At their February meeting, Greater Atlanta Archaeological Society members will hear a presentation by Scot Keith about the Leake Site, a primarily Middle Woodland mound and village site, which is near Cartersville and the Etowah Mounds. The meeting is Tuesday, February 9th. The presentation begins at 7:30, and Scot will have some artifacts you can look at if you arrive early!
Archaeologist Scot Keith reports on the Leake site, which is west of Cartersville in Bartow County not far from the Etowah Mounds site, and partly within the right-of-way of Highways 61/113. The site has been named to the 2010 Georgia Trust for Historic Preservation’s Places in Peril listing, which will aid Keith and others to raise money to protect the remaining portions of this important Woodland and Mississippian site. The full story includes excellent aerial photographs.
On November 4th 2009, the Georgia Trust for Historic Preservation announced its list of Georgia’s top ten Places in Peril, which includes the Leake Archaeological Site, a rich Middle Woodland and Late Mississippian-period prehistoric settlement on the outskirts of Cartersville. Scot Keith, an archaeologist who lead recent excavations at the Leake Site, notes, “with help from the Georgia Trust for Historic Preservation and numerous volunteers, we will be conducting many activities in the next year (and beyond) to foster public awareness of the site and its important place in history. This will include public education days at the site, community meetings, interviews, articles, partnerships and grants, research and fieldwork, and regular website updates.”
The Gwinnett Archaeological Research Society will have its regular meeting for November 2009 on the 17th, beginning at 7 pm. The speaker will be Scot Keith, lead archaeologist for recent excavations at the Late Woodland Leake Site. The site has been listed by the Georgia Trust for Historic Preservation as a 2010 Place in Peril. (See a story on this website about this here.)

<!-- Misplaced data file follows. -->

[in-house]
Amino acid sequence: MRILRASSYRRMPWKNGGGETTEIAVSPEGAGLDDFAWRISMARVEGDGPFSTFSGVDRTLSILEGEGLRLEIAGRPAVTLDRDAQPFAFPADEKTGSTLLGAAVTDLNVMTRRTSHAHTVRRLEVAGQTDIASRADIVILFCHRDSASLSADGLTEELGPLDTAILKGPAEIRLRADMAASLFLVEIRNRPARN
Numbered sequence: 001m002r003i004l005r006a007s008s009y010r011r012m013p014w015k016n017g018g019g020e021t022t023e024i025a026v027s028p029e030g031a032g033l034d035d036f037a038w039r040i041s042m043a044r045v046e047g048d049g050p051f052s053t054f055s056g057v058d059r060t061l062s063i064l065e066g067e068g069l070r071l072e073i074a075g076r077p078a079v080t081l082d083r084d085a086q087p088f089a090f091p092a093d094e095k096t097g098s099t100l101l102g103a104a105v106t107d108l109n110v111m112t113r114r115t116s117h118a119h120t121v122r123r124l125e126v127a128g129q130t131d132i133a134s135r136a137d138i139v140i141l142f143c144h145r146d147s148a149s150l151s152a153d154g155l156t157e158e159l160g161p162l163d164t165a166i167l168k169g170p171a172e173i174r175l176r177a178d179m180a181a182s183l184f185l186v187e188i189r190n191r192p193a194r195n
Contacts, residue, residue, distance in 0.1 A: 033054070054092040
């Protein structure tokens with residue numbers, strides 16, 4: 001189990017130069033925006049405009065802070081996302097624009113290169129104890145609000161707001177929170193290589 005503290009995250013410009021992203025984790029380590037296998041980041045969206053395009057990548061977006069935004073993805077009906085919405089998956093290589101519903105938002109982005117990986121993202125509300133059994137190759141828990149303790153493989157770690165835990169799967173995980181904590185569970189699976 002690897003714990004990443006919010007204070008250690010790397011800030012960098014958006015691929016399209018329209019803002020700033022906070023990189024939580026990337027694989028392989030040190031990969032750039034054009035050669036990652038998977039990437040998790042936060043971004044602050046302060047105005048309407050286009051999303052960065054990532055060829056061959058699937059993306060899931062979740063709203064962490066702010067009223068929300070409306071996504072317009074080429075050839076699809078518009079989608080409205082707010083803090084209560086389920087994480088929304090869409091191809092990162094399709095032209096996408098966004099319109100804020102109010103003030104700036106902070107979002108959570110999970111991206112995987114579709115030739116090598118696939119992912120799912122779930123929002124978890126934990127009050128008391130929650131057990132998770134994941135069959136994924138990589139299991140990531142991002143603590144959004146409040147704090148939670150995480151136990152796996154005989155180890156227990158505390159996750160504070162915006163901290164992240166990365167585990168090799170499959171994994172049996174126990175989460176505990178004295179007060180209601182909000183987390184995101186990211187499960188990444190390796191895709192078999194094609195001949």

The SGA is proud to make a digital version of our 2009 poster celebrating the Society’s theme of this year’s Archaeology Month, Mounds in Our Midst. Mounds are easy-to-see remnants of Georgia’s prehistoric past, mainly built between 500 BC and AD 1550. Research over the last century and more indicates that these artificial, human-constructed features of Georgia’s landscape varied in their design and purpose.
Peoples with material culture common across the North American Southeast lived even farther north than the area around Criel Mound, in western West Virginia. Even if you’re most interested in Georgia’s archaeological past, you can best understand it in a regional context….
Period Time Subsistence Pattern Settlement Pattern Diagnostic Features Post war, global economy, information age AD 1945 to Present Corporate agriculture, international trade, service industry, and civil service Suburban-urbanization, second homes, rural abandonment Public works, transistors, interstate highways, disposable products, railroad abandonment, Teflon, computers Depression, recovery and war AD 1929 to AD 1945 Manufacturing, farming, retailing, [...]
Meta-slate axe from the Hardin Bridge site. Research of the Hardin Bridge Site (9BR34) in Bartow County site is ongoing at New South Associates. Laboratory analysis has shown that the Hardin Bridge site represents a Late Archaic through early Middle Woodland timeframe based on lithic and pottery specimens. To date, the majority of hafted bifaces [...]
Georgia Archaeology Month 2002 focused on the prehistory of southwest Georgia, and especially the archaeology of the famous village and mound community we now call Kolomoki (pronounced ‚“Coal-oh-moe-key”), which is located in Kolomoki Mounds State Historic Park in Early County, near Blakely. At Kolomoki, Native Americans lived, worked, played, and died. It was most heavily [...]